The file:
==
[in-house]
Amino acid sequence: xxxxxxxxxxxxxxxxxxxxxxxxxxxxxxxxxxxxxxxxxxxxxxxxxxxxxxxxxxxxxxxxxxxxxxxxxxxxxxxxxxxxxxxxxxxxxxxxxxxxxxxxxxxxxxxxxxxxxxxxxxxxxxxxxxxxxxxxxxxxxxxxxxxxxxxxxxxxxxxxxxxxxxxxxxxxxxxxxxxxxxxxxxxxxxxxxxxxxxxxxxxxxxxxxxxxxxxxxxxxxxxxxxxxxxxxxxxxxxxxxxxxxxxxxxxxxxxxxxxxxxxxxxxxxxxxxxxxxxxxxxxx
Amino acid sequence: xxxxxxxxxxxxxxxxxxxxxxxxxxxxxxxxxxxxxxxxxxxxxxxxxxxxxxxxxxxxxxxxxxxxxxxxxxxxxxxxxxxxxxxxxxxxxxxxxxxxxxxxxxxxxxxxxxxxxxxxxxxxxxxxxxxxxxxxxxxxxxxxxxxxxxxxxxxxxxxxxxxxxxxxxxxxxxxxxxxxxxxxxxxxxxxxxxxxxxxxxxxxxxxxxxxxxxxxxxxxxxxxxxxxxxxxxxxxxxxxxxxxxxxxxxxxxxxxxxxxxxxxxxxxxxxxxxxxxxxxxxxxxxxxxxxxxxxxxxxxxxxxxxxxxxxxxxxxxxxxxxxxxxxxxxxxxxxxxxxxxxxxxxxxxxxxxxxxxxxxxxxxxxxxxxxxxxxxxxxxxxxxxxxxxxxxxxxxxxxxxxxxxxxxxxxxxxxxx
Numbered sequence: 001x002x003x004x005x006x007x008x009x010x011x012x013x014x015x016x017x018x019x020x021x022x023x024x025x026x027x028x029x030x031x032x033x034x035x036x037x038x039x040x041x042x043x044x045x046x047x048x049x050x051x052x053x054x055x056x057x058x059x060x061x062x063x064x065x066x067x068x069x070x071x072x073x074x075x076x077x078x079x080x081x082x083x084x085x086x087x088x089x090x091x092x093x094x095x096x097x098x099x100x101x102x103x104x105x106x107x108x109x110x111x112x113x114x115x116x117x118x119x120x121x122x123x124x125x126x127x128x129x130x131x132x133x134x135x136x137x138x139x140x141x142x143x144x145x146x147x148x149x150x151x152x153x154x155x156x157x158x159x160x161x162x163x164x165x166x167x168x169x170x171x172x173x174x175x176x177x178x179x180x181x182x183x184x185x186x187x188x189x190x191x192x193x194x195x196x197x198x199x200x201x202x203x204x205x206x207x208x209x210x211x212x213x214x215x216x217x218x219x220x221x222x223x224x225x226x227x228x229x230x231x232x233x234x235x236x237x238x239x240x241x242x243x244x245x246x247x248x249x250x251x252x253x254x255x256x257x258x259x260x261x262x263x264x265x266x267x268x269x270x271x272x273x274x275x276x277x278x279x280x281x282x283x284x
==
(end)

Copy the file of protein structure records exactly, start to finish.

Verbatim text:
[in-house]
Amino acid sequence: xxxxxxxxxxxxxxxxxxxxxxxxxxxxxxxxxxxxxxxxxxxxxxxxxxxxxxxxxxxxxxxxxxxxxxxxxxxxxxxxxxxxxxxxxxxxxxxxxxxxxxxxxxxxxxxxxxxxxxxxxxxxxxxxxxxxxxxxxxxxxxxxxxxxxxxxxxxxxxxxxxxxxxxxxxxxxxxxxxxxxxxxxxxxxxxxxxxxxxxxxxxxxxxxxxxxxxxxxxxxxxxxxxxxxxxxxxxxxxxxxxxxxxxxxxxxxxxxxxxxxxxxxxxxxxxxxxxxxxxxxxxx
Amino acid sequence: xxxxxxxxxxxxxxxxxxxxxxxxxxxxxxxxxxxxxxxxxxxxxxxxxxxxxxxxxxxxxxxxxxxxxxxxxxxxxxxxxxxxxxxxxxxxxxxxxxxxxxxxxxxxxxxxxxxxxxxxxxxxxxxxxxxxxxxxxxxxxxxxxxxxxxxxxxxxxxxxxxxxxxxxxxxxxxxxxxxxxxxxxxxxxxxxxxxxxxxxxxxxxxxxxxxxxxxxxxxxxxxxxxxxxxxxxxxxxxxxxxxxxxxxxxxxxxxxxxxxxxxxxxxxxxxxxxxxxxxxxxxxxxxxxxxxxxxxxxxxxxxxxxxxxxxxxxxxxxxxxxxxxxxxxxxxxxxxxxxxxxxxxxxxxxxxxxxxxxxxxxxxxxxxxxxxxxxxxxxxxxxxxxxxxxxxxxxxxxxxxxxxxxxxxxxxxxxxx
Numbered sequence: 001x002x003x004x005x006x007x008x009x010x011x012x013x014x015x016x017x018x019x020x021x022x023x024x025x026x027x028x029x030x031x032x033x034x035x036x037x038x039x040x041x042x043x044x045x046x047x048x049x050x051x052x053x054x055x056x057x058x059x060x061x062x063x064x065x066x067x068x069x070x071x072x073x074x075x076x077x078x079x080x081x082x083x084x085x086x087x088x089x090x091x092x093x094x095x096x097x098x099x100x101x102x103x104x105x106x107x108x109x110x111x112x113x114x115x116x117x118x119x120x121x122x123x124x125x126x127x128x129x130x131x132x133x134x135x136x137x138x139x140x141x142x143x144x145x146x147x148x149x150x151x152x153x154x155x156x157x158x159x160x161x162x163x164x165x166x167x168x169x170x171x172x173x174x175x176x177x178x179x180x181x182x183x184x185x186x187x188x189x190x191x192x193x194x195x196x197x198x199x200x201x202x203x204x205x206x207x208x209x210x211x212x213x214x215x216x217x218x219x220x221x222x223x224x225x226x227x228x229x230x231x232x233x234x235x236x237x238x239x240x241x242x243x244x245x246x247x248x249x250x251x252x253x254x255x256x257x258x259x260x261x262x263x264x265x266x267x268x269x270x271x272x273x274x275x276x277x278x279x280x281x282x283x284x